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    USNS Bobo brings MRF-D Marines and gear Down Under

    USNS Bobo brings MRF-D Marines and gear Down Under

    Photo By Sgt. James Gulliver | Marines with Logistics Combat Element, Marine Rotational Force – Darwin, await the...... read more read more

    DARWIN, NT, AUSTRALIA

    04.01.2014

    Story by Cpl. James Gulliver 

    Marine Rotational Force Darwin

    EAST ARM WHARF, DARWIN, Northern Territory, Australia – Waves gently crashed against the boat as Marines awaited the order to move. The logistics officer shouted the command as Marines with Combat Logistics Regiment – 3 rushed into action, immediately pulling mission- essential gear from the USNS 2nd Lt. John P. Bobo, to the ground below.

    The Marines were unloading gear designed to support the Marine Air- Ground Task Force (MAGTF) for a six- month rotation.

    Marine Rotational Force – Darwin is a tangible demonstration of the United States’ sustained commitment to the U.S. – Australia alliance and to the Asia-Pacific region, building upon the positive outcome of the previous rotations.

    “MRF-D is composed of three elements: the ground combat element, logistics combat element and aviation combat element,” said Lt. Col. Matthew Puglisi, officer-in-charge, Forward Coordination Element, Marine Rotational Force – Darwin. “The main objective is to conduct interoperability training with the Australian Defence Forces.”

    The Marines on the USNS 2nd Lt. John P. Bobo are part of the Logistics Combat Element of the MAGTF, and provide direct support tactical logistics in the areas of transportation, intermediate-level supplies, field-level maintenance and general engineering. It is composed primarily of Marines with Combat Logistics Regiment – 3, stationed aboard Marine Corps Base Hawaii.

    “The LCE brings a lot to the battlefield, giving Marines the capability to move any piece of gear they need to any point where it is needed,” said 2nd Lt. Emily Kay, the transportation service platoon commander for MRF-D.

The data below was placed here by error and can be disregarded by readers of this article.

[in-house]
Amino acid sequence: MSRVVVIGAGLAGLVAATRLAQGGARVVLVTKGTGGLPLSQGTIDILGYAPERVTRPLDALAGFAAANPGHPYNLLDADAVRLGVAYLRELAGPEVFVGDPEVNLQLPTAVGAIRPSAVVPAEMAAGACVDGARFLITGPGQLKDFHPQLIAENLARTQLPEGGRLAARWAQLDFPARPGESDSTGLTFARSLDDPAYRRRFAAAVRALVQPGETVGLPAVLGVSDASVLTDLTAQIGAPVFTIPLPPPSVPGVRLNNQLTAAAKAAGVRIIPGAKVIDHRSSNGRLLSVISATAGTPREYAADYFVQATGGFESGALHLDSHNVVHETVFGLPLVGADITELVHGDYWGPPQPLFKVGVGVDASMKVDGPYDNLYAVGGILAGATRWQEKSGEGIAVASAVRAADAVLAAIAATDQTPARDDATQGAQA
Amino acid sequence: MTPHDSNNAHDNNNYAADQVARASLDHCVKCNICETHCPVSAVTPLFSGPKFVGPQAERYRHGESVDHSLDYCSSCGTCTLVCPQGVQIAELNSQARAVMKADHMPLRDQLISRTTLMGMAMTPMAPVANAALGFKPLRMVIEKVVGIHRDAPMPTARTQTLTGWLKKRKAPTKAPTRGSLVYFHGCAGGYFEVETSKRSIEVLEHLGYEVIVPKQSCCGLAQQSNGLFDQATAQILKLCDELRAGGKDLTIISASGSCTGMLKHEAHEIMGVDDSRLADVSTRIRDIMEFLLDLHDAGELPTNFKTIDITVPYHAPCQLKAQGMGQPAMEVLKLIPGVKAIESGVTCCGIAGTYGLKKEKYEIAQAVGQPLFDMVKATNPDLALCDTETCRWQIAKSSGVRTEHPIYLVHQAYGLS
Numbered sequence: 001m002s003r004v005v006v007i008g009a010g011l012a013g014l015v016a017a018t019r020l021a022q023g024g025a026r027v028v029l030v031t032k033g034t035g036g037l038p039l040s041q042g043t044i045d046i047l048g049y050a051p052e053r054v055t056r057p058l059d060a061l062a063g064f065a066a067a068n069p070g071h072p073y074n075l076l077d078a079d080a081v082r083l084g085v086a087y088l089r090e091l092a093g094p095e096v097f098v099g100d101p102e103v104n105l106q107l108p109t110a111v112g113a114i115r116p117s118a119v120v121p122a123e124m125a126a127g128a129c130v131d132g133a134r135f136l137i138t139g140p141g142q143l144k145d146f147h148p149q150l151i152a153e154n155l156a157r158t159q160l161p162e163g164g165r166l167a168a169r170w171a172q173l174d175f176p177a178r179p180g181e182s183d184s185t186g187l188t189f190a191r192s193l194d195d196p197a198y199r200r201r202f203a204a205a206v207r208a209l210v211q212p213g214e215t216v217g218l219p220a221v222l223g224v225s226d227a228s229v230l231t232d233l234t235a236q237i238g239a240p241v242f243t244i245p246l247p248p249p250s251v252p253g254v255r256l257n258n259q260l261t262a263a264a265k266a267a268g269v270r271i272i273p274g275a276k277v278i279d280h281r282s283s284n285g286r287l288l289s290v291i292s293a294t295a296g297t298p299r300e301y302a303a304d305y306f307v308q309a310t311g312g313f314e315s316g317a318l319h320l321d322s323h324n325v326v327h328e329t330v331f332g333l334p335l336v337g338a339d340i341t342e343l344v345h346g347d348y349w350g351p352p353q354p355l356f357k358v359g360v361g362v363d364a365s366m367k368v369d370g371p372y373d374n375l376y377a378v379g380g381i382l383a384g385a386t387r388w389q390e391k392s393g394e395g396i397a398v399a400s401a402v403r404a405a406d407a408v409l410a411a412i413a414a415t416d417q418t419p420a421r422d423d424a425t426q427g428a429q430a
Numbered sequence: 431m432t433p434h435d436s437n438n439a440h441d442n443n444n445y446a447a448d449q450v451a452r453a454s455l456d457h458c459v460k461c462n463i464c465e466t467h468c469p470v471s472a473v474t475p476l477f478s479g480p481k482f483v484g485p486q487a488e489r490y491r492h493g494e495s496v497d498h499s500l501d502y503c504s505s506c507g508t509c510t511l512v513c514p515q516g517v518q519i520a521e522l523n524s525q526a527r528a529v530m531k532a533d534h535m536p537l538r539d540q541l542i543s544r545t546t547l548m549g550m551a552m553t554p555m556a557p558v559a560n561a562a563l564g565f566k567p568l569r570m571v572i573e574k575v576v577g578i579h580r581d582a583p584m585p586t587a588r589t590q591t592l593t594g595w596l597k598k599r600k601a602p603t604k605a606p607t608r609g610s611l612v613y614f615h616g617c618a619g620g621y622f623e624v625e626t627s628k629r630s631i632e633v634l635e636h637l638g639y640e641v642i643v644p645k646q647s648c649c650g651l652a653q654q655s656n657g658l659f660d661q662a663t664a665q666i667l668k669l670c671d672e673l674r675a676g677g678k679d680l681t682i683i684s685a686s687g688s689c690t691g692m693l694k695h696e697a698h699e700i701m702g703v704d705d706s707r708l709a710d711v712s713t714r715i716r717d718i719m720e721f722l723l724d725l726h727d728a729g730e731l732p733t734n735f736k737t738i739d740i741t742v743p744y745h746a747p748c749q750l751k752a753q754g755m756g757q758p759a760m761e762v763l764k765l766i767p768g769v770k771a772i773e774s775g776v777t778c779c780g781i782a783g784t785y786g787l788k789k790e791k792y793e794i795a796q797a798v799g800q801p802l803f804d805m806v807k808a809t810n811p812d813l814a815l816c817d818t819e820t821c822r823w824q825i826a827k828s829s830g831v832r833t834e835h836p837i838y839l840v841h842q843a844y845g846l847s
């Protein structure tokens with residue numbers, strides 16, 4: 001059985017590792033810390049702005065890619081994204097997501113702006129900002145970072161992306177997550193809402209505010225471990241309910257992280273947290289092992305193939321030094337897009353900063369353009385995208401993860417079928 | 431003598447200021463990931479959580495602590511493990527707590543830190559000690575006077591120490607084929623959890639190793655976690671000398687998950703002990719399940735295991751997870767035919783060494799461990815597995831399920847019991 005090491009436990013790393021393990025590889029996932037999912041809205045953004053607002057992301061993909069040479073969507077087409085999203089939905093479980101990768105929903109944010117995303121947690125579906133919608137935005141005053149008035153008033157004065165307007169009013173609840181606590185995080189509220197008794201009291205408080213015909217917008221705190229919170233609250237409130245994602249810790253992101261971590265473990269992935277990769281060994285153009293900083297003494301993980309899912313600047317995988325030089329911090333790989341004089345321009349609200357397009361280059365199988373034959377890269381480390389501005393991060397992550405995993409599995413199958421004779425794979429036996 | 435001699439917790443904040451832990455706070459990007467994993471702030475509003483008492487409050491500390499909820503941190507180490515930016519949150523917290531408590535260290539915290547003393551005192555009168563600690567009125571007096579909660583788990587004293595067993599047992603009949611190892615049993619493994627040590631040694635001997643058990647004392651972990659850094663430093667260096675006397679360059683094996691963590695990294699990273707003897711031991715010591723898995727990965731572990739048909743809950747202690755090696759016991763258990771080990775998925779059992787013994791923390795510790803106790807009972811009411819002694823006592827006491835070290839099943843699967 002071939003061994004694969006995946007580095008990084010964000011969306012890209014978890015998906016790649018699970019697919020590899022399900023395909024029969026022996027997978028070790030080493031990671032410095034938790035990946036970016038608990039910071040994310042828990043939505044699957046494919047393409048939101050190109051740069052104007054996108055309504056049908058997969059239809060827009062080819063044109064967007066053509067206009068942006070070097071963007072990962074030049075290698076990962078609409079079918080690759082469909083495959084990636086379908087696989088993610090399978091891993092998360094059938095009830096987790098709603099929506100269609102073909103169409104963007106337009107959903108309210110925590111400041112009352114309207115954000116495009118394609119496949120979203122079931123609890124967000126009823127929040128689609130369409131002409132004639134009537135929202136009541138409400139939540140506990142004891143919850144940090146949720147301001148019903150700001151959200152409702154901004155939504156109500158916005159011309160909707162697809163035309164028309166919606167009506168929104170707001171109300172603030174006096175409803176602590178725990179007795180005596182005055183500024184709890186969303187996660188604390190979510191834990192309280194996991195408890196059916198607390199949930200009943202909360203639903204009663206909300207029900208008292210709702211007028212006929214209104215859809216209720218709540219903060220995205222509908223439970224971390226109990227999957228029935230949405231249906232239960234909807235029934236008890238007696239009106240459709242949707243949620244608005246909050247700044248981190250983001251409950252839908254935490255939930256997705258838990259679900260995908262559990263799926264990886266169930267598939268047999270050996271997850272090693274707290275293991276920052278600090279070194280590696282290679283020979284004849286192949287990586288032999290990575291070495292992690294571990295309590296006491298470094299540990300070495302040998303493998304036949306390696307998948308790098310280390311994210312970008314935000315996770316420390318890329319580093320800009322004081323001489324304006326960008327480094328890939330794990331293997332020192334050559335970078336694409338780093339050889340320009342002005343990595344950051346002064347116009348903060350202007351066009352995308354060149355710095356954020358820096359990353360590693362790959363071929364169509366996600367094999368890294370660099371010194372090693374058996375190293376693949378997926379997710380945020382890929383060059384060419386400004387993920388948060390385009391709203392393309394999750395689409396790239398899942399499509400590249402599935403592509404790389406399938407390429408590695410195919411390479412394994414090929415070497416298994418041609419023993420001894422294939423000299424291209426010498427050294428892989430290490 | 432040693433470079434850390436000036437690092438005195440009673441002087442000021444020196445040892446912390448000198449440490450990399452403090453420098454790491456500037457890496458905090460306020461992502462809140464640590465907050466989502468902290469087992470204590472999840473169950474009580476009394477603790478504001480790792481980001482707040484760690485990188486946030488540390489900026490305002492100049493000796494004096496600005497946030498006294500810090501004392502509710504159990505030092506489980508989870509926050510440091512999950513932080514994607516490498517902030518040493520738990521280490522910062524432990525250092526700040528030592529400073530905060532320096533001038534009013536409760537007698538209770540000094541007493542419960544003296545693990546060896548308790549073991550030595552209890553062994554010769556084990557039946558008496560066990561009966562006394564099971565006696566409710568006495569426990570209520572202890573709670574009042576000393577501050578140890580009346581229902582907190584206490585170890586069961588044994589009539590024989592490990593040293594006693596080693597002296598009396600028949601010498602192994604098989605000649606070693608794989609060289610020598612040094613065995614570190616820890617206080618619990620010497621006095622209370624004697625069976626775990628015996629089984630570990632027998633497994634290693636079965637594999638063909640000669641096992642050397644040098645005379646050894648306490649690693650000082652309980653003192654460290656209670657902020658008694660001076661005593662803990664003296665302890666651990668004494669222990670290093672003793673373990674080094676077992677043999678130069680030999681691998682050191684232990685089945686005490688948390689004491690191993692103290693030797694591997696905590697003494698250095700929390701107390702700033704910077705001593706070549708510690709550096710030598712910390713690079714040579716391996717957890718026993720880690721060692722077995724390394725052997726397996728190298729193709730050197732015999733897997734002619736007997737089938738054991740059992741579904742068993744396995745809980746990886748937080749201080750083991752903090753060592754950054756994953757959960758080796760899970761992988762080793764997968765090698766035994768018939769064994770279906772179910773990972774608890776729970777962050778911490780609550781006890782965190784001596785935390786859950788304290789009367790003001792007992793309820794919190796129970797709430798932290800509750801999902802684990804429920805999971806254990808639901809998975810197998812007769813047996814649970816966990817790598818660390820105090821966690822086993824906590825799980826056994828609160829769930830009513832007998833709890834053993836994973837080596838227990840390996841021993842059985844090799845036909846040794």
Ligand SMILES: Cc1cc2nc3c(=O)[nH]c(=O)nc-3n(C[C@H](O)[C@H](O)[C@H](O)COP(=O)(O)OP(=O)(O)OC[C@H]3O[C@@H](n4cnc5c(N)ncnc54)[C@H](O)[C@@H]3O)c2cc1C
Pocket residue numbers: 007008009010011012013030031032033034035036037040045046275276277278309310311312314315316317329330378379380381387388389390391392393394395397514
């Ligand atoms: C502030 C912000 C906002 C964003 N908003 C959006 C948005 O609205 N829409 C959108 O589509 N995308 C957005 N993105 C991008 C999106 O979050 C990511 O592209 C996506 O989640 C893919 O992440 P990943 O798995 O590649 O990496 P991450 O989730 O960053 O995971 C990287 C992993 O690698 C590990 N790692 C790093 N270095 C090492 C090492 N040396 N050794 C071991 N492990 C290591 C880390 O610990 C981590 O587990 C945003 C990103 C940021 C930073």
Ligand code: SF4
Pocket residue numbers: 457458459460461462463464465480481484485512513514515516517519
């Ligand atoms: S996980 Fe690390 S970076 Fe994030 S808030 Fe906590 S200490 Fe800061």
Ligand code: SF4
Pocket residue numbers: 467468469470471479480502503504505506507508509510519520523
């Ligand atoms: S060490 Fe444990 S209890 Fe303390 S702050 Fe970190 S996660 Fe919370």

“The Logistics Combat Element is composed of numerous entities to include the Australians, Navy and the Marines,” said Lt. Tyler Laverick, the strategic sealift officer, for MRF-D. “All these elements have to come together to make not just the offload of the Bobo go efficiently, but also the rest of the rotation.”

    The USNS 2nd Lt. John P. Bobo, is part of the maritime prepositioning fleet and is carrying more than 1,000 tons of supplies, vehicles and ammunition, designed to support MRF-D. The ship was named after 2nd Lt. John Bobo, who was posthumously awarded the Medal of Honor for his heroic actions during the Vietnam War.

    “The Bobo is designed to carry supplies and Marines for an amphibious landing, and can support those Marines for up to 30 days,” said Laverick. “It can carry any type of military vehicle from tanks to construction vehicles.”

    As the day came to a close, the Marines and sailors were still hard at work unloading gear and vehicles preparing for the next stage of the deployment.

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    NEWS INFO

    Date Taken: 04.01.2014
    Date Posted: 03.31.2014 21:43
    Story ID: 123415
    Location: DARWIN, NT, AU 

    Web Views: 563
    Downloads: 1
    Podcast Hits: 0

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